With the songs on Desperate Ground, it’s almost like these characters are on the other side of The Body, The Blood, The Machine, that maybe these are the soldiers in a particular environment, these people that kind of revel in violence, but sing about it in a joyous way that isn’t at all morbid.

    Yeah, you know, this record is about killing. It makes no apologies for that. It’s uh… [Laughs.] Sorry, what’s the question?


    [Laughs.] Sorry, that was more of a statement than a question. I guess I’m asking if you’d say it’s an accurate assessment, that you’re not necessarily trying to make a statement about violence. That it’s more these people who sing about catastrophe and death in a way that’s accepting of the inevitability of those topics.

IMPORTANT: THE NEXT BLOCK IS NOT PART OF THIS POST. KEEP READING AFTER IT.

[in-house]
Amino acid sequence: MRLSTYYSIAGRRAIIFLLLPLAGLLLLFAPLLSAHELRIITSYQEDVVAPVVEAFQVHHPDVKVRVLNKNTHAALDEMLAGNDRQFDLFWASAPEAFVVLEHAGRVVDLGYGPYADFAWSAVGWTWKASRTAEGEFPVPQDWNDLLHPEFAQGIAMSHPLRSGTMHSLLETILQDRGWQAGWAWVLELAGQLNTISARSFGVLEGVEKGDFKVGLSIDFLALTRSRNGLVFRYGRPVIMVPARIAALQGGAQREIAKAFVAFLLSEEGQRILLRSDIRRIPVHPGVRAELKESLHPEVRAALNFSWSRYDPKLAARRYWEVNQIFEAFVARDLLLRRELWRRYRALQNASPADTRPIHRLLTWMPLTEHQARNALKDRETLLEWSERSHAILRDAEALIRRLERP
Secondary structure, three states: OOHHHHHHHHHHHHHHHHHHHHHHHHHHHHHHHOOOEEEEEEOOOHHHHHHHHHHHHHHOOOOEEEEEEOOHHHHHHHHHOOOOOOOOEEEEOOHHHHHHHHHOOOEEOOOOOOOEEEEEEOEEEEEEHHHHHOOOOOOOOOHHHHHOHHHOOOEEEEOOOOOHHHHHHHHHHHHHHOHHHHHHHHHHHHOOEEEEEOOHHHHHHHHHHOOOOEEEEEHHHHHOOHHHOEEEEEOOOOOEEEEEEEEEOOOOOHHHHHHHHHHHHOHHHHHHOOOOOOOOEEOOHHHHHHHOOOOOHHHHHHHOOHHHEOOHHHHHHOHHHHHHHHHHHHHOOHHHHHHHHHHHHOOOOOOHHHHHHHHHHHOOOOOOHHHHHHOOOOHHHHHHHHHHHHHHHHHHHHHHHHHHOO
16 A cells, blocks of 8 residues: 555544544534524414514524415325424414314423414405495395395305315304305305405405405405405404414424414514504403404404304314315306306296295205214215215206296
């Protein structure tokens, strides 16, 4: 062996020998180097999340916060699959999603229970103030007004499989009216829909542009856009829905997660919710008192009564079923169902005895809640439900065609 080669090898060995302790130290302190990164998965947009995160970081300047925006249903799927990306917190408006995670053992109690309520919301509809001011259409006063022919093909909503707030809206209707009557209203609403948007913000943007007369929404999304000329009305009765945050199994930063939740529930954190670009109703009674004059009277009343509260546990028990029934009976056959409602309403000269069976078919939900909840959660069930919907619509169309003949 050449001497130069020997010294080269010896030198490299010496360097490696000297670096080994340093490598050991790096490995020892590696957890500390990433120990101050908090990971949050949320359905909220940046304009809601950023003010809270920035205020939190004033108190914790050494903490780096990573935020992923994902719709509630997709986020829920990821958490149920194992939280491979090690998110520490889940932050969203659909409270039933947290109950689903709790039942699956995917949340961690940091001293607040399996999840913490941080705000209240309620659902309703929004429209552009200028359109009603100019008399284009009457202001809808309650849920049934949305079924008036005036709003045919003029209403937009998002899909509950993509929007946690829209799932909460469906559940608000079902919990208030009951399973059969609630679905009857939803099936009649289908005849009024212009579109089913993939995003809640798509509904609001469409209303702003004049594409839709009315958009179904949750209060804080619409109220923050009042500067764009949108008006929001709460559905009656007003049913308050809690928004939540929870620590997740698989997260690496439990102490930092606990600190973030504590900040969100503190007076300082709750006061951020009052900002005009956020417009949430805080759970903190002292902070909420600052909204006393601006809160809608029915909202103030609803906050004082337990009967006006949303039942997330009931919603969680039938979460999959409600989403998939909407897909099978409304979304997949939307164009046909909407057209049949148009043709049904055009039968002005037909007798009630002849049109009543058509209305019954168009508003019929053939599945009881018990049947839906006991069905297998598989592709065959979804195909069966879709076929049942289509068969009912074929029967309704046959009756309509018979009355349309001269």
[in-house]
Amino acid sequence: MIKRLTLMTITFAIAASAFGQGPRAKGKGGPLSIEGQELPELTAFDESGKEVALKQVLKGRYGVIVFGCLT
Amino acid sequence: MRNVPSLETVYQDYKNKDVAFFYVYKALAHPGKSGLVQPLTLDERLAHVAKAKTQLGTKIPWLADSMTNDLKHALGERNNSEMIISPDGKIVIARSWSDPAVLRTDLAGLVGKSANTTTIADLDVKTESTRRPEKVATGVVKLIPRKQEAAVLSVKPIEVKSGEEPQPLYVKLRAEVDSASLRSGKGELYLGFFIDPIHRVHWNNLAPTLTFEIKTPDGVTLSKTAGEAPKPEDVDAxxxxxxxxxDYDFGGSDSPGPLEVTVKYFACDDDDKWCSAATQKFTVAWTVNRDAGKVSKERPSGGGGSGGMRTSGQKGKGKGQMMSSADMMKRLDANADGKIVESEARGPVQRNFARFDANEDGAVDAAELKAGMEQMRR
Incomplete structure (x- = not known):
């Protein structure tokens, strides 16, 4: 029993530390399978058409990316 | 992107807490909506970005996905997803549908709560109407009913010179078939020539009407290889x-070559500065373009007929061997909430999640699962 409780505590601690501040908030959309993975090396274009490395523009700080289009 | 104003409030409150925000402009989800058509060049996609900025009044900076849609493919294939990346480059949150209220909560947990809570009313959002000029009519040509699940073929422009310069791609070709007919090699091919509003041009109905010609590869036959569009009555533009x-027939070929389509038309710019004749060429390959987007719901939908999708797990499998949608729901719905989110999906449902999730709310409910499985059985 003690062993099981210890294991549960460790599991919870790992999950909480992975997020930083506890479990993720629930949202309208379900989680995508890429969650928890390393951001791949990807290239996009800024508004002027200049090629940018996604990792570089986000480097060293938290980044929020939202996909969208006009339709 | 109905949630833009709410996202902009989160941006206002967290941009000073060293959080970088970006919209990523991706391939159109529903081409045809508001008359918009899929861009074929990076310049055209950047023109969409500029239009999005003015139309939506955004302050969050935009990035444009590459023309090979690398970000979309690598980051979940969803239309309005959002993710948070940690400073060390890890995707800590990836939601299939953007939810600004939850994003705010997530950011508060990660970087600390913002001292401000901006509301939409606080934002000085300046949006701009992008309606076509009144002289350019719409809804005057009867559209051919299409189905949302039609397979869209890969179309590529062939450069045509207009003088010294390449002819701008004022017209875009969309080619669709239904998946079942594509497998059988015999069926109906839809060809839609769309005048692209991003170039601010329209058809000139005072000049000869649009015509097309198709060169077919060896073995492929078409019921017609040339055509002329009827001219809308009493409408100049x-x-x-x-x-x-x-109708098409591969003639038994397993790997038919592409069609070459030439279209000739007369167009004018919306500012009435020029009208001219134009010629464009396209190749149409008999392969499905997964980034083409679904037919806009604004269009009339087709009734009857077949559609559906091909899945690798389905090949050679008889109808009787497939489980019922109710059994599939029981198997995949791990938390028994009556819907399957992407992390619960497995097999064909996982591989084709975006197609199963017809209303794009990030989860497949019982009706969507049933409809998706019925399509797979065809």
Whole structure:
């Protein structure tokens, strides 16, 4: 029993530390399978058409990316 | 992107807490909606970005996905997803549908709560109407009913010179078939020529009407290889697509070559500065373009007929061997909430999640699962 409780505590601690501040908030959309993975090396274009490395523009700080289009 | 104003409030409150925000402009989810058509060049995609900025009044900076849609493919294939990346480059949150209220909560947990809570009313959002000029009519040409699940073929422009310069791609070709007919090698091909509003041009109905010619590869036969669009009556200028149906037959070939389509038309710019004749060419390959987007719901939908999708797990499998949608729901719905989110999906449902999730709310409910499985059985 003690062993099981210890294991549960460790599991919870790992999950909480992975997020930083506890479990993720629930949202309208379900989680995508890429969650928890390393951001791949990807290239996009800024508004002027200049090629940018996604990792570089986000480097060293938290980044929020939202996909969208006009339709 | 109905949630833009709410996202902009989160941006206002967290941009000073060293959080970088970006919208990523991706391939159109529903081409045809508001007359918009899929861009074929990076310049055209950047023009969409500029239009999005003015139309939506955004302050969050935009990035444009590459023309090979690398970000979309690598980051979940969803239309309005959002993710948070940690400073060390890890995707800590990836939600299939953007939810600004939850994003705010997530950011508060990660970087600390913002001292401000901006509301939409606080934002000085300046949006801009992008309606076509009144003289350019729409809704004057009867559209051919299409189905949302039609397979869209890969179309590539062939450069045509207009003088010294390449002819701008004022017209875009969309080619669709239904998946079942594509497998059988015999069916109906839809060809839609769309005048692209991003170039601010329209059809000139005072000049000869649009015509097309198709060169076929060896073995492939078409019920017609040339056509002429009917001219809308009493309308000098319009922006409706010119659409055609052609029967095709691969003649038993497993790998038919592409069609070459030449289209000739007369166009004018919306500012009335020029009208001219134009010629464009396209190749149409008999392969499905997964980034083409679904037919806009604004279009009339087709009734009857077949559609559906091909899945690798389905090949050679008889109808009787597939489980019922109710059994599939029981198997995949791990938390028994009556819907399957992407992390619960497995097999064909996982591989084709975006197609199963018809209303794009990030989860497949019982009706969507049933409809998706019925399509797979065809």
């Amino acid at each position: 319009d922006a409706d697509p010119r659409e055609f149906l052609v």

Yeah, inevitability is like the key word. If there’s a statement at all, it’s just that war and killing and death are all inevitable. It’s something that humans have always done, and I’d say always will.


    Whenever there’s a tragic event, like a shooting  for example, people try to examine why it happens, and why it’s happening so often these days. But part of me always thinks that it’s not happening more; it’s just getting covered more by the media. Do you think things are any worse today than they were hundreds of years ago, in terms of how many people are dying and the shitty events that are happening in the world?


    I don’t know because I don’t have the statistics, but this record is just about [the fact] that people kill. People always have killed. I don’t know how the numbers add up, but anything that you read about history… to me, it sounds at least as brutal as, you know, the world is now. It’s hard to say. In some ways, it seems like people have gotten more civil. In some ways, it seems that people are just the same as they always were. There’s just this urge to kill. It’s just something that people have always done.